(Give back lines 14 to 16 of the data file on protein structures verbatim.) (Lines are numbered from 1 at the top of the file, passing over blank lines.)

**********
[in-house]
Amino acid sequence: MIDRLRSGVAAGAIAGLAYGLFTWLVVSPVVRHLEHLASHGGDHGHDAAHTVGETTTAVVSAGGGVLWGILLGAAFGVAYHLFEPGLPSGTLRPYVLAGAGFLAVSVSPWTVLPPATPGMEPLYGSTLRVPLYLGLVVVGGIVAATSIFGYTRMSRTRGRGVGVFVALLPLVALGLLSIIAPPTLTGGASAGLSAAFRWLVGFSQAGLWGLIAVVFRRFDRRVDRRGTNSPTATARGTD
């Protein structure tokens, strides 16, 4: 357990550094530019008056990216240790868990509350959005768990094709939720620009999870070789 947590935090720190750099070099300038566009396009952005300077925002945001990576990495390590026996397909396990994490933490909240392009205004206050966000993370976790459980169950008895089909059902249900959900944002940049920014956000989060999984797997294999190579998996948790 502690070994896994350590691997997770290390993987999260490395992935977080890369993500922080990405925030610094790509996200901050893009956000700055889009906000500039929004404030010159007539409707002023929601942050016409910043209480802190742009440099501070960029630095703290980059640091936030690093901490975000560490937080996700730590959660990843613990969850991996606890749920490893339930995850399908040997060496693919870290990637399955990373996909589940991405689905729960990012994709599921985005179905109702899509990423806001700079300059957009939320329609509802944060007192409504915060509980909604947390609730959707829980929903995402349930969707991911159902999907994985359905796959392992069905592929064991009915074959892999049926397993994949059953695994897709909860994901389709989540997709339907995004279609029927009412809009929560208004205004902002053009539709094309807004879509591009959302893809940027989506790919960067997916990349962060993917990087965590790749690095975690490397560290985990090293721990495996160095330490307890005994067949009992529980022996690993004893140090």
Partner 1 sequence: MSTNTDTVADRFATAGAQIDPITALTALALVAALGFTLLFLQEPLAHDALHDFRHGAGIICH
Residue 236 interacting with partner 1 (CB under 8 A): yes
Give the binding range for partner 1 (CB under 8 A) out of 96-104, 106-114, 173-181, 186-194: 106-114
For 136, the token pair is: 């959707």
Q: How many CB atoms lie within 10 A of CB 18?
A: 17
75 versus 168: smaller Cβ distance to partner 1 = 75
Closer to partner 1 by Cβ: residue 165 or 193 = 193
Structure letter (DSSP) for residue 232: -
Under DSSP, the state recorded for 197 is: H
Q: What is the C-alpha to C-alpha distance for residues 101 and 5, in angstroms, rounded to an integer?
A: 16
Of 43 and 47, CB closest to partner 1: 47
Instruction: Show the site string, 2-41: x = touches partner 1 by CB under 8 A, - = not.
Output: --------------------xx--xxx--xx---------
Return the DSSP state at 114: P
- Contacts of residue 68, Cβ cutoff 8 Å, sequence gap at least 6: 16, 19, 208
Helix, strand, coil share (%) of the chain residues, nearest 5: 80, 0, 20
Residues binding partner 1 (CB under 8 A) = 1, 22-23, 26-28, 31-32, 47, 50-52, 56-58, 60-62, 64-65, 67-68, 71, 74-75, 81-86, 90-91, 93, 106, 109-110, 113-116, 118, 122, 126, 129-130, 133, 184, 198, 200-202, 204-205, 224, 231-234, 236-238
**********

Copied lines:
Q: What is the C-alpha to C-alpha distance for residues 101 and 5, in angstroms, rounded to an integer?
A: 16
Of 43 and 47, CB closest to partner 1: 47